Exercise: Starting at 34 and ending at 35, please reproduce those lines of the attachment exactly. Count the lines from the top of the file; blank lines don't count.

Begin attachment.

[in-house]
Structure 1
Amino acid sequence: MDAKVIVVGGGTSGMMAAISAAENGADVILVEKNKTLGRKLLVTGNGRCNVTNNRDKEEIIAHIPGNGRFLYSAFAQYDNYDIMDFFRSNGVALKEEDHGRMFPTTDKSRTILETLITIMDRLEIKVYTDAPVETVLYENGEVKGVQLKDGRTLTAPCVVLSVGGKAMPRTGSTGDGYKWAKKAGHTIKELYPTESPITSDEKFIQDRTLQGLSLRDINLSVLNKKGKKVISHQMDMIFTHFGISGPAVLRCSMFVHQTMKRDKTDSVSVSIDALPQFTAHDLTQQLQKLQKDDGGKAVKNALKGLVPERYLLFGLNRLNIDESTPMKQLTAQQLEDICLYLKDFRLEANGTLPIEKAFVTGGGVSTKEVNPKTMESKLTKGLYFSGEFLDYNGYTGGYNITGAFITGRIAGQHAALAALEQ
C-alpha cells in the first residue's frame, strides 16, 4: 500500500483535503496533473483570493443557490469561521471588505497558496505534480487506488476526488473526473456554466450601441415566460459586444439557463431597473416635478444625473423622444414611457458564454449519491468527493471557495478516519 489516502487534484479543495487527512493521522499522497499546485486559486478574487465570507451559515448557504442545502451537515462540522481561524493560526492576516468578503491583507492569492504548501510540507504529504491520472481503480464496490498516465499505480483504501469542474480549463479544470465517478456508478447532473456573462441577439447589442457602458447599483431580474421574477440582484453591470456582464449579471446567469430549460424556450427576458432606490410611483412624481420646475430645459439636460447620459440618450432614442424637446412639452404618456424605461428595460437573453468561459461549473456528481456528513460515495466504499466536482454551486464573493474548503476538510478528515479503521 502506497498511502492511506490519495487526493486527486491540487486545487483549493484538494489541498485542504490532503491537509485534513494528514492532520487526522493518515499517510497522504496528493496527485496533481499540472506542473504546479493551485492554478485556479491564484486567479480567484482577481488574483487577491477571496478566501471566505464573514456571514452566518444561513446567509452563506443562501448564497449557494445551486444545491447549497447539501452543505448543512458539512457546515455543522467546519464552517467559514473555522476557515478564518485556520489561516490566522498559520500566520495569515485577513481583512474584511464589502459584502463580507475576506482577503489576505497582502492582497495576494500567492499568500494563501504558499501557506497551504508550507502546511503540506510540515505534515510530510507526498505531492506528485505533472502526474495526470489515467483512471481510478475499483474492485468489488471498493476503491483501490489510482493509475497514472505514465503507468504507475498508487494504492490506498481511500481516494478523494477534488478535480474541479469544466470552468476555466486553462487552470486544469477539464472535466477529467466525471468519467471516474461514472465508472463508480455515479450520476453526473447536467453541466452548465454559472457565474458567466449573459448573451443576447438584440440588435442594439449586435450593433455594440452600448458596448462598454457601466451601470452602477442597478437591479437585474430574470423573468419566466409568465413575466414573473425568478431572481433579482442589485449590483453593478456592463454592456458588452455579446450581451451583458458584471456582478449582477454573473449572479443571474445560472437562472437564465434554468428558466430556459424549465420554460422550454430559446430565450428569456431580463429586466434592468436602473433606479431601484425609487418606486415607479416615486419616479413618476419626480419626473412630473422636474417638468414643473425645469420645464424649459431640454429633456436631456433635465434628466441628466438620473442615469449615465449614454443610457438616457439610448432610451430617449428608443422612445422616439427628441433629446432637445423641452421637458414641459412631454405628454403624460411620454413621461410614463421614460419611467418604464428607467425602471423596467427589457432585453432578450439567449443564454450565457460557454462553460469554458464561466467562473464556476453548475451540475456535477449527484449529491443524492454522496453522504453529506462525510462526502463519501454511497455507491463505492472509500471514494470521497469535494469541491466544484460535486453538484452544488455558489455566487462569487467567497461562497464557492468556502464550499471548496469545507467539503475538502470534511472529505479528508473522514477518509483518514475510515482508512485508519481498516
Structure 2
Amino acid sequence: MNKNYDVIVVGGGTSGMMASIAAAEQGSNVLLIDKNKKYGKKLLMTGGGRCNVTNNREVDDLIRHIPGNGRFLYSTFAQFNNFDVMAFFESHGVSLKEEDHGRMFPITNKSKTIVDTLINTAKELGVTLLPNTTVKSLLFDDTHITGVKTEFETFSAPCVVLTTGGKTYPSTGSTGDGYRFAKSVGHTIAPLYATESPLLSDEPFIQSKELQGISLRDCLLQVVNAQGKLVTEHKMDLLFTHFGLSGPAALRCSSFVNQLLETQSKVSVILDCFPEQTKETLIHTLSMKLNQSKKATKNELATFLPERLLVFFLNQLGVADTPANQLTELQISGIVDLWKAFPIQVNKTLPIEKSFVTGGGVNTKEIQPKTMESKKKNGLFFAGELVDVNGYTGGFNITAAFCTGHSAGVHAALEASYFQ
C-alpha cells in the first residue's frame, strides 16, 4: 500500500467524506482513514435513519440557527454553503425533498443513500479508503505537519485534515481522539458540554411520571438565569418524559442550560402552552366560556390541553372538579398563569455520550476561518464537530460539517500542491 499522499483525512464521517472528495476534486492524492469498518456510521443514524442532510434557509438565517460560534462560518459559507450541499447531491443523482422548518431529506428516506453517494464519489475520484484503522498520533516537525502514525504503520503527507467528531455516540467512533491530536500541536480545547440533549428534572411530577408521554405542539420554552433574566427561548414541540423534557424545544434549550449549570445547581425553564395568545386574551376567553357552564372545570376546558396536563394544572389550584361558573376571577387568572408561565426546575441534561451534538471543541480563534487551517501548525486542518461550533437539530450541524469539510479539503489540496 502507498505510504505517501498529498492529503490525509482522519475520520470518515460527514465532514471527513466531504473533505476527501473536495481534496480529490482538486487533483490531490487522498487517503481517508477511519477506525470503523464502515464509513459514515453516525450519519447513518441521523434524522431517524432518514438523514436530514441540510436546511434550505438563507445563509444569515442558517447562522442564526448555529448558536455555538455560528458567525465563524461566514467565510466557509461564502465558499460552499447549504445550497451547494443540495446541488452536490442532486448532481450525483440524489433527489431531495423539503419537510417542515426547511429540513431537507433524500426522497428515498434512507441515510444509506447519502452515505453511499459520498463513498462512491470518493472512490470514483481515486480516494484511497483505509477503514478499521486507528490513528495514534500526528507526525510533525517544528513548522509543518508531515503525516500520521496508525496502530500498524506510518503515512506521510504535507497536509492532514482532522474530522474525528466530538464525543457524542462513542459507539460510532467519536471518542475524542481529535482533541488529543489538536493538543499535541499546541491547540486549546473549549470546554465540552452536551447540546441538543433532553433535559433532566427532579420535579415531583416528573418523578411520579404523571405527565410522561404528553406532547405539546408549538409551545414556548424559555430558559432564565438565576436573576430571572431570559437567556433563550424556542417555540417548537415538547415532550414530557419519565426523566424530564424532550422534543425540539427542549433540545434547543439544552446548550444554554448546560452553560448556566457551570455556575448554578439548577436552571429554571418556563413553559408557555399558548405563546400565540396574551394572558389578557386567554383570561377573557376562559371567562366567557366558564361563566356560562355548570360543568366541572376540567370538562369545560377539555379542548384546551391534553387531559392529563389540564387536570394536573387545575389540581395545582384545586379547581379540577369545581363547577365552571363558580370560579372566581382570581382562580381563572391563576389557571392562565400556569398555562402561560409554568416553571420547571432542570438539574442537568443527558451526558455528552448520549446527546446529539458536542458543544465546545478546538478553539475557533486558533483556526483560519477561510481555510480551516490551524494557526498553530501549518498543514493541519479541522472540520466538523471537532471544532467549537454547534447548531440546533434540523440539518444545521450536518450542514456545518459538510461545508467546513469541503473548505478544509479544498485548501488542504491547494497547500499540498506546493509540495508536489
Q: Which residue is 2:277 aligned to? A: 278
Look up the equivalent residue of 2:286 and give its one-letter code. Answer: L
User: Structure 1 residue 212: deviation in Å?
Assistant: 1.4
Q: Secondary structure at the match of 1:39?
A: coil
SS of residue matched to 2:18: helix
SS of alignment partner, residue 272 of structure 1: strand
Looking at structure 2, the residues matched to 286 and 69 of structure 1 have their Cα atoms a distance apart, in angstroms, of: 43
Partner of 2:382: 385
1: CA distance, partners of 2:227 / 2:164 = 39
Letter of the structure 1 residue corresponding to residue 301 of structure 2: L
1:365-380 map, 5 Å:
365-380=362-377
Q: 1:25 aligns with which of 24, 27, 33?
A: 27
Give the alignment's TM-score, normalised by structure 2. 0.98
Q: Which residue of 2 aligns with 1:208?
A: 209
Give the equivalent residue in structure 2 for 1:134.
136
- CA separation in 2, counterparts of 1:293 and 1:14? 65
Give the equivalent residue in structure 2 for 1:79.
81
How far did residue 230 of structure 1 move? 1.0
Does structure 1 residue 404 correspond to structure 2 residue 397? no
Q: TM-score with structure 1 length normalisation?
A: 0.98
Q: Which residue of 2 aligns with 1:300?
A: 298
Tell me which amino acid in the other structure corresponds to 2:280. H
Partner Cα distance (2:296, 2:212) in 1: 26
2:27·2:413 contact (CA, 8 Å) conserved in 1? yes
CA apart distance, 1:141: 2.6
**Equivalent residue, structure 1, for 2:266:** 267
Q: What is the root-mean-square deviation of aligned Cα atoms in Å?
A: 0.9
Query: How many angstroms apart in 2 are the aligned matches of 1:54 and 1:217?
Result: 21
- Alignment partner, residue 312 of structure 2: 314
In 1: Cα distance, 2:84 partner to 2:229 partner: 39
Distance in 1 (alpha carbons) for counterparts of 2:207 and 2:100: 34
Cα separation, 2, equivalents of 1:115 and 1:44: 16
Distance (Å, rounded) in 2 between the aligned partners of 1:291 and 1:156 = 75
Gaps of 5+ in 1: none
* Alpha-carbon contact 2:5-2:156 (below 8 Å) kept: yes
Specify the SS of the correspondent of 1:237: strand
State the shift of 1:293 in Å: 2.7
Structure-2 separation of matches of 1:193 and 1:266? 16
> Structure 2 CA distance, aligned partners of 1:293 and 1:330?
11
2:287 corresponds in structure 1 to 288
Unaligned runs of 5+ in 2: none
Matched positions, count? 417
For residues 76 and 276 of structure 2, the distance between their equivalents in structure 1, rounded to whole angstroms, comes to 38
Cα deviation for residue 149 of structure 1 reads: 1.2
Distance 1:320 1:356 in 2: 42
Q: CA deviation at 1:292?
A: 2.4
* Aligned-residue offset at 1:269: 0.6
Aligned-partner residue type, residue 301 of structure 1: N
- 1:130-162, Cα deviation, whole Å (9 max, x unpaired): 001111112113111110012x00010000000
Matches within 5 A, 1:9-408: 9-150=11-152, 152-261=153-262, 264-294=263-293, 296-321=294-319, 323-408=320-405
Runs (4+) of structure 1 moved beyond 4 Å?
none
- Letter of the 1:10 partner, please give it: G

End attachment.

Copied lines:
Q: TM-score with structure 1 length normalisation?
A: 0.98